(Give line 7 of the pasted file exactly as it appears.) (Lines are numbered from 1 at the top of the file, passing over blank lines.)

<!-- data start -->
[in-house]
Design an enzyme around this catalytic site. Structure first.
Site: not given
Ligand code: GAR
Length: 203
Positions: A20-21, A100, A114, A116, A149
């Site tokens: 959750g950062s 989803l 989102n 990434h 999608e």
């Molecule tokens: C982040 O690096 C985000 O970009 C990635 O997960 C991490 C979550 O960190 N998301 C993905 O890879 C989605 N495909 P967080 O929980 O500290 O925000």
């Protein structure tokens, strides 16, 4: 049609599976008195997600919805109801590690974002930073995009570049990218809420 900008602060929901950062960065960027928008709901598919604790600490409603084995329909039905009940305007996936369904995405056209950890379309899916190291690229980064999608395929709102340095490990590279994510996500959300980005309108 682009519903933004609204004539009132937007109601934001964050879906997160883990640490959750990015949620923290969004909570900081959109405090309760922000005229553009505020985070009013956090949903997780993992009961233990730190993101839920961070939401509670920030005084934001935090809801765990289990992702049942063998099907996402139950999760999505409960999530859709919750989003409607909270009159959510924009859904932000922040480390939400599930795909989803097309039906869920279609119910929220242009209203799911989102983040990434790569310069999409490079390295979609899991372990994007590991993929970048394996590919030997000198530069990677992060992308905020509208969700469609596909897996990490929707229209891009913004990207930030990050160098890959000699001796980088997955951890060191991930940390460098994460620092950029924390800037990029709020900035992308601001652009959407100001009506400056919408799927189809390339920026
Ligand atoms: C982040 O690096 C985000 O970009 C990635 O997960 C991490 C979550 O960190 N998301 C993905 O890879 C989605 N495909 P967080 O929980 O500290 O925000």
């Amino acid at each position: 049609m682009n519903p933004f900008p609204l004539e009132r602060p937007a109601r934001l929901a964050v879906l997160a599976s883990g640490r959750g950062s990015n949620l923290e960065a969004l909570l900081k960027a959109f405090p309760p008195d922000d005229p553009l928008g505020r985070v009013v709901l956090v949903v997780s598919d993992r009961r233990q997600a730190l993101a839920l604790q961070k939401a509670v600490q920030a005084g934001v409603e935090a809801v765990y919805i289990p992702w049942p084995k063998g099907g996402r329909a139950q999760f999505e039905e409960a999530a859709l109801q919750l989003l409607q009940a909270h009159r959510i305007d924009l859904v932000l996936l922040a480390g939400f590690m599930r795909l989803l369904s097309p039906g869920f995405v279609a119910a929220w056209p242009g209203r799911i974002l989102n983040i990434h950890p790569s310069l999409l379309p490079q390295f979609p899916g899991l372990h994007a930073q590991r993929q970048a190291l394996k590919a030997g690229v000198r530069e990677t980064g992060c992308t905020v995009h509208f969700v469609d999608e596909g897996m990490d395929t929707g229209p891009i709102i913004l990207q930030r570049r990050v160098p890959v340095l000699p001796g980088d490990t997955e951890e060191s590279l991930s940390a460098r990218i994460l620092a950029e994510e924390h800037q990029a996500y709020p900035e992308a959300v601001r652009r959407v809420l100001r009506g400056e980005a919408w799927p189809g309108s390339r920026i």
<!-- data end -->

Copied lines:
């Site tokens: 959750g950062s 989803l 989102n 990434h 999608e």